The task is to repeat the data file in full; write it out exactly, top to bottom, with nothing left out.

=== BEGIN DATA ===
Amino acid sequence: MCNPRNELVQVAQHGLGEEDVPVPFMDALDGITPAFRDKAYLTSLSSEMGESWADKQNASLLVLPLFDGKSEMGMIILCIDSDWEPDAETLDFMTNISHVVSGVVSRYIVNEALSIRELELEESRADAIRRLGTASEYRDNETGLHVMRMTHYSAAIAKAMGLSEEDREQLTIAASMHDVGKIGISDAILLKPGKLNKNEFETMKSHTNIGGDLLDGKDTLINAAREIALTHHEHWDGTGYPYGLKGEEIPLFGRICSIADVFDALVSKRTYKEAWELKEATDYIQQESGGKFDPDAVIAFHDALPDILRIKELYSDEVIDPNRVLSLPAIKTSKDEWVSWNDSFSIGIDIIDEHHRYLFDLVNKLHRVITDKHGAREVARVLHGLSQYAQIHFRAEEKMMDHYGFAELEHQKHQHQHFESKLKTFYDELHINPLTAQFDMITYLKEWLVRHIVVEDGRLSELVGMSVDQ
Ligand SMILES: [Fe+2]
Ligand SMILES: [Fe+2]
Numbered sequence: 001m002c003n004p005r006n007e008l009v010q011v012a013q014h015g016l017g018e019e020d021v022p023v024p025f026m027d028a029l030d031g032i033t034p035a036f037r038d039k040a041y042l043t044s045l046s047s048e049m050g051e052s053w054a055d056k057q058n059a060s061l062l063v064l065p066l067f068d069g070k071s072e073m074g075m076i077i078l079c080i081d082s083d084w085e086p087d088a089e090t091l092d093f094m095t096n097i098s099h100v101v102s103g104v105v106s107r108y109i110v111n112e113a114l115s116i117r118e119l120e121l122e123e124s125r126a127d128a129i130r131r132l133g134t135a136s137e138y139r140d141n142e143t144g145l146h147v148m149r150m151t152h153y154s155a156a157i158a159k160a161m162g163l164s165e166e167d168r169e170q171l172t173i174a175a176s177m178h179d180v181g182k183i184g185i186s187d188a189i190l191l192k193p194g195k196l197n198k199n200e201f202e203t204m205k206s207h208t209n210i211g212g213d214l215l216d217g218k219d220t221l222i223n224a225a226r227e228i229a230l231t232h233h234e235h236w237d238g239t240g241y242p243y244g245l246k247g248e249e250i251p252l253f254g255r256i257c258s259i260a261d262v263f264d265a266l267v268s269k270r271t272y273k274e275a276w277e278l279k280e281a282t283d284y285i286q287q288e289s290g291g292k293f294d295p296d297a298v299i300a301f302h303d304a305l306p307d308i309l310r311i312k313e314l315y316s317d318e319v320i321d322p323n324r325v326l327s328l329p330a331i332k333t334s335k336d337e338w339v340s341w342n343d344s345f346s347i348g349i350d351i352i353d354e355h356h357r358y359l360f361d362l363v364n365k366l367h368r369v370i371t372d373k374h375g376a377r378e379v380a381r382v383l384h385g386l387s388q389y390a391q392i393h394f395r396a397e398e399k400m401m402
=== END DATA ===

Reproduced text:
Amino acid sequence: MCNPRNELVQVAQHGLGEEDVPVPFMDALDGITPAFRDKAYLTSLSSEMGESWADKQNASLLVLPLFDGKSEMGMIILCIDSDWEPDAETLDFMTNISHVVSGVVSRYIVNEALSIRELELEESRADAIRRLGTASEYRDNETGLHVMRMTHYSAAIAKAMGLSEEDREQLTIAASMHDVGKIGISDAILLKPGKLNKNEFETMKSHTNIGGDLLDGKDTLINAAREIALTHHEHWDGTGYPYGLKGEEIPLFGRICSIADVFDALVSKRTYKEAWELKEATDYIQQESGGKFDPDAVIAFHDALPDILRIKELYSDEVIDPNRVLSLPAIKTSKDEWVSWNDSFSIGIDIIDEHHRYLFDLVNKLHRVITDKHGAREVARVLHGLSQYAQIHFRAEEKMMDHYGFAELEHQKHQHQHFESKLKTFYDELHINPLTAQFDMITYLKEWLVRHIVVEDGRLSELVGMSVDQ
Ligand SMILES: [Fe+2]
Ligand SMILES: [Fe+2]
Numbered sequence: 001m002c003n004p005r006n007e008l009v010q011v012a013q014h015g016l017g018e019e020d021v022p023v024p025f026m027d028a029l030d031g032i033t034p035a036f037r038d039k040a041y042l043t044s045l046s047s048e049m050g051e052s053w054a055d056k057q058n059a060s061l062l063v064l065p066l067f068d069g070k071s072e073m074g075m076i077i078l079c080i081d082s083d084w085e086p087d088a089e090t091l092d093f094m095t096n097i098s099h100v101v102s103g104v105v106s107r108y109i110v111n112e113a114l115s116i117r118e119l120e121l122e123e124s125r126a127d128a129i130r131r132l133g134t135a136s137e138y139r140d141n142e143t144g145l146h147v148m149r150m151t152h153y154s155a156a157i158a159k160a161m162g163l164s165e166e167d168r169e170q171l172t173i174a175a176s177m178h179d180v181g182k183i184g185i186s187d188a189i190l191l192k193p194g195k196l197n198k199n200e201f202e203t204m205k206s207h208t209n210i211g212g213d214l215l216d217g218k219d220t221l222i223n224a225a226r227e228i229a230l231t232h233h234e235h236w237d238g239t240g241y242p243y244g245l246k247g248e249e250i251p252l253f254g255r256i257c258s259i260a261d262v263f264d265a266l267v268s269k270r271t272y273k274e275a276w277e278l279k280e281a282t283d284y285i286q287q288e289s290g291g292k293f294d295p296d297a298v299i300a301f302h303d304a305l306p307d308i309l310r311i312k313e314l315y316s317d318e319v320i321d322p323n324r325v326l327s328l329p330a331i332k333t334s335k336d337e338w339v340s341w342n343d344s345f346s347i348g349i350d351i352i353d354e355h356h357r358y359l360f361d362l363v364n365k366l367h368r369v370i371t372d373k374h375g376a377r378e379v380a381r382v383l384h385g386l387s388q389y390a391q392i393h394f395r396a397e398e399k400m401m402